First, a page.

Driver shot on Northwest Side overnight; ShotSpotter worked perfectly. (Video)

CHICAGO – A man is recovering after a gunman shot him as he stopped for a red light on the Northwest Side overnight. Chicago police officers were first alerted by a ShotSpotter gunfire detector, which pinpointed the shooting location. A nearby surveillance camera captured some of the incident.

Police said the victim, 29, was driving north on Cicero Avenue, just south of Belmont, when a red sedan pulled up around 2:56 a.m. Someone in the red car started shooting at the victim, who suffered graze wounds to the left side of the head and arm, according to CPD. He was taken to Stroger Hospital in good condition.

Check out this Ring surveillance camera footage. The victim, in a white Jeep, pulls to a stop at the top right corner of the screen. As he stops, loud burts of gunfire are heard.

The white Jeep, driven by the victim, heads east on Belmont Avenue, passing the camera on the wrong side of the road. The red sedan follows him. Just before the red car enters camera range, a spark flies off the sidewalk at the top right of the screen, apparently after a bullet struck the concrete.

About five minutes after the shooting, the victim called for help from the 2400 block of North Harding. CPD officers found him there in the Jeep. According to initial information, he told the police that the red car followed him to Pulaski Road before it made a U-turn and fled west on Belmont.

CPD began responding to the shooting within seconds, thanks to a ShotSpotter gunfire detection device. An officer in the Grand Central (25th) District intelligence center relayed the sensor’s information to cops in the field. Listen:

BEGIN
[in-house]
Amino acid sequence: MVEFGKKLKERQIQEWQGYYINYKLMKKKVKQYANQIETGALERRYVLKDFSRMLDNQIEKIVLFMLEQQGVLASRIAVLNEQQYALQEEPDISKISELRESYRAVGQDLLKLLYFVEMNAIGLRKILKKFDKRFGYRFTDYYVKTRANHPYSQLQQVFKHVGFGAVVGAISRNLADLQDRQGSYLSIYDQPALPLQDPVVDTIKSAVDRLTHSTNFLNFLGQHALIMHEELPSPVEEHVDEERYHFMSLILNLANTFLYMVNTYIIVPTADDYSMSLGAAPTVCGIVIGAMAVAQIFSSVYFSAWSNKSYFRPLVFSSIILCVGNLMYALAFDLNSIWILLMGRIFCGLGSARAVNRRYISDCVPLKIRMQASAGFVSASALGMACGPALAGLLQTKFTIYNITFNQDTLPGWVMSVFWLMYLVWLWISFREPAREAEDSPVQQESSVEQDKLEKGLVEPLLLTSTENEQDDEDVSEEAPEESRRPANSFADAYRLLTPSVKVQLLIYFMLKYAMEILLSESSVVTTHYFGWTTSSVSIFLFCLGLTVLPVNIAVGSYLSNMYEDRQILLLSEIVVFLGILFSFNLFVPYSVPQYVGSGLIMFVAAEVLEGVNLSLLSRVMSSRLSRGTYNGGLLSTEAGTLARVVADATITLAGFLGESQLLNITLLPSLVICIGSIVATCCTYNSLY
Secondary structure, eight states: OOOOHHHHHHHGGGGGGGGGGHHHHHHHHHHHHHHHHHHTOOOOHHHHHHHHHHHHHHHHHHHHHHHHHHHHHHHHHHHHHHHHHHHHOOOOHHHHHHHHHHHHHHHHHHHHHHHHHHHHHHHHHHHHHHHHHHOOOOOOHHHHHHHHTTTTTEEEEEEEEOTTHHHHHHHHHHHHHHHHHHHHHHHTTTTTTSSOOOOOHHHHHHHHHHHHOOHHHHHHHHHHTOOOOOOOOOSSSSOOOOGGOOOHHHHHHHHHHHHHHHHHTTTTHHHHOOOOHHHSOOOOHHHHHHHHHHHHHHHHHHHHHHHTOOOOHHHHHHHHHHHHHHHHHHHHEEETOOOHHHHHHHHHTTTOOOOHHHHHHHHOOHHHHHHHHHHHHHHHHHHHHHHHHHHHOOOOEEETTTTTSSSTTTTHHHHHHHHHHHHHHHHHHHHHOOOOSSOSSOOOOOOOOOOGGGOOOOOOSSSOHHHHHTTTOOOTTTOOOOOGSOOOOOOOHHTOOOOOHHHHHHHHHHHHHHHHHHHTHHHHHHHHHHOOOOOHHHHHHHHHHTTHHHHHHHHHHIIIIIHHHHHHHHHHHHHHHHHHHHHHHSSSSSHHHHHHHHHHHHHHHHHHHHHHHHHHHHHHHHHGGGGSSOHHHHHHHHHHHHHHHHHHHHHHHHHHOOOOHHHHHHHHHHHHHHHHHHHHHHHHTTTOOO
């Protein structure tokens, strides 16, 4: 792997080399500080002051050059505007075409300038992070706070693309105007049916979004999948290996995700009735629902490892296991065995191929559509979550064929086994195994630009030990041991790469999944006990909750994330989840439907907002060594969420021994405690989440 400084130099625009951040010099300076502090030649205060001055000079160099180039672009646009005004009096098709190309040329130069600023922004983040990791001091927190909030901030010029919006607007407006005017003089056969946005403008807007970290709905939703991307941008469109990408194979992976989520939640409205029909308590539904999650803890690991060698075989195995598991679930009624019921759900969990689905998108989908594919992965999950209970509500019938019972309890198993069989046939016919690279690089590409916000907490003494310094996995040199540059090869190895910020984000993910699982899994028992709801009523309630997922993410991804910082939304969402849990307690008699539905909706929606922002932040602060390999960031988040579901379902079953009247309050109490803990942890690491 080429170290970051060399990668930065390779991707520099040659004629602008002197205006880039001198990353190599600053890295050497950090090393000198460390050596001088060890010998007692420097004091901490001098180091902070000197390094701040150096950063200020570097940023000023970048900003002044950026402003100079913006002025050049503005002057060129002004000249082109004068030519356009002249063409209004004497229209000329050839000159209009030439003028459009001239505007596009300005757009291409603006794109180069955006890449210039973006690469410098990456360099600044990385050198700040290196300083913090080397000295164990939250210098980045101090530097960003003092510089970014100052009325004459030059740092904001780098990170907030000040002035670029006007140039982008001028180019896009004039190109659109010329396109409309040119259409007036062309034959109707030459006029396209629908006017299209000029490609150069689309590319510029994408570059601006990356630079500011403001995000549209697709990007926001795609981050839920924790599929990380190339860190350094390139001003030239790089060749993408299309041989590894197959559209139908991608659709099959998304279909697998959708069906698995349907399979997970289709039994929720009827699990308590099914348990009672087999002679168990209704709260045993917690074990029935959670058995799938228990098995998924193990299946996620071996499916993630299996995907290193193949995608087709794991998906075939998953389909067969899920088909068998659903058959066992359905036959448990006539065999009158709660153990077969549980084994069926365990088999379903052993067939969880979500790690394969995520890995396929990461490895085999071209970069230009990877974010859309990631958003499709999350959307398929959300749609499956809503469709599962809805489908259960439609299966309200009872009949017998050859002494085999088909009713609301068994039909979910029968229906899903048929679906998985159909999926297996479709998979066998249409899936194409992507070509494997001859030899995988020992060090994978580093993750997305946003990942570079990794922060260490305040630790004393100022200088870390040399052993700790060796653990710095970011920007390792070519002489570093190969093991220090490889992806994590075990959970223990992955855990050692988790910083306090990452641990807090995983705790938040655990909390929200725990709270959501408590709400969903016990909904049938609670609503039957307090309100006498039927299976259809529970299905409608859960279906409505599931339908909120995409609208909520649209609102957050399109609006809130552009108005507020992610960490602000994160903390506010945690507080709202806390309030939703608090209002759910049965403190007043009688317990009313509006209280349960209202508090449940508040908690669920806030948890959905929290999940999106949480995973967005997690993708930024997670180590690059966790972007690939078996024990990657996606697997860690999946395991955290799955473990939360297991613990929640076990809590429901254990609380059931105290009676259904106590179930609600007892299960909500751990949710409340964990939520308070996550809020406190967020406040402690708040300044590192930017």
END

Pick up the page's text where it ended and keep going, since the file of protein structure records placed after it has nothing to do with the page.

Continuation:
Source: Broadcastify

Chicago Mayor Brandon Johnson, acting against the advice of his hand-picked police superintendent, announced last month that he will end ShotSpotter service in the city later this year. Several aldermen who represent areas of the city struggling to defeat violent crime encouraged Johnson to keep the system in place, as did many of their constituents.

Johnson, backed by ShotSpotter critics in the City Council, many of whom represent the city’s safest neighborhoods where the technology is not needed, claims the devices aren’t useful.

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CWBChicago was created in 2013 by five residents of Wrigleyville and Boystown who had grown disheartened with inaccurate information that was being provided at local Community Policing (CAPS) meetings. Our coverage area has expanded since then to cover Lincoln Park, River North, The Loop, Uptown, and other North Side Areas. But our mission remains unchanged: To provide original public safety reporting with better context and greater detail than mainstream media outlets. Our editorial email address is